From: arXiv.org e-Print archive
Posted: Tuesday, October 30, 2018
Geert Barentsen, Christina Hedges, Nicholas Saunders, Ann Marie Cody, Michael Gully-Santiago, Steve Bryson, Jessie L. Dotson
(Submitted on 30 Oct 2018)
NASA's Kepler Space Telescope has collected high-precision, high-cadence time series photometry on 781,590 unique postage-stamp targets across 21 different fields of view. These observations have already yielded 2,496 scientific publications by authors from 63 countries. The full data set is now public and available from NASA's data archives, enabling continued investigations and discoveries of exoplanets, oscillating stars, eclipsing binaries, stellar variability, star clusters, supernovae, galaxies, asteroids, and much more.
In this white paper, we discuss 21 important data analysis projects which are enabled by the archive data. The aim of this paper is to help new users understand where there may be important scientific gains left to be made in analyzing Kepler data, and to encourage the continued use of the archives. With the TESS mission about to start releasing data, the studies will inform new experiments, new surveys, and new analysis techniques. The Kepler mission has provided an unprecedented data set with a precision and duration that will not be rivaled for decades. The studies discussed in this paper show that many of Kepler's contributions still lie ahead of us, owing to the emergence of complementary new data sets like Gaia, novel data analysis methods, and advances in computing power. Kepler's unique data archive will provide new discoveries for years to come, touching upon key aspects of each of NASA's three big astrophysics questions; How does the universe work? How did we get here? Are we alone?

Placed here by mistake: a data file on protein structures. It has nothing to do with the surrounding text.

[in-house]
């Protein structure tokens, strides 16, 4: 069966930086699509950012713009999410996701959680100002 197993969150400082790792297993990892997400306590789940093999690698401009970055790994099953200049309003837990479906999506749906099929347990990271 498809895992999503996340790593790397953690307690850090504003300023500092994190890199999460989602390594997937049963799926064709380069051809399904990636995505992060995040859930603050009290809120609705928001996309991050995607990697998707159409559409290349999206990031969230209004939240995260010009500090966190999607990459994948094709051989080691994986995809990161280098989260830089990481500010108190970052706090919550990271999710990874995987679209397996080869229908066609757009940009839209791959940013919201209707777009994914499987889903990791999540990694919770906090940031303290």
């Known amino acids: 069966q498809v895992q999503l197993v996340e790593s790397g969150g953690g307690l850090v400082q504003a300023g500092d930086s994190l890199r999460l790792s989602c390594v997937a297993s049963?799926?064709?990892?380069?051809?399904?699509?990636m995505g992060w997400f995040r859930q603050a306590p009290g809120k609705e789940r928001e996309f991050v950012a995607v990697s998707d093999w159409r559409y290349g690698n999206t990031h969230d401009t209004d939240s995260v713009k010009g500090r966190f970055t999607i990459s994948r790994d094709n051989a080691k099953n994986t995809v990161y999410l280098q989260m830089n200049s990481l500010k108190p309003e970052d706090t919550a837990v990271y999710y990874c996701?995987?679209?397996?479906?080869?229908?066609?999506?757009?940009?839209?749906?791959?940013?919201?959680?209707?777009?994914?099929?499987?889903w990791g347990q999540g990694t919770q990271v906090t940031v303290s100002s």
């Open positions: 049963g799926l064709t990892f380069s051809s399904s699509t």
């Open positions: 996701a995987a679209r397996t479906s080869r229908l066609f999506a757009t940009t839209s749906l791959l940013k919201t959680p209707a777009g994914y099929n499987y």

Comments: White paper submitted for community feedback. Feedback is collected at this https URL
Subjects: Solar and Stellar Astrophysics (astro-ph.SR); Earth and Planetary Astrophysics (astro-ph.EP)
Cite as: arXiv:1810.12554 [astro-ph.SR] (or arXiv:1810.12554v1 [astro-ph.SR] for this version)
From: Geert Barentsen
[v1] Tue, 30 Oct 2018 07:29:27 UTC (1,288 KB)
// end //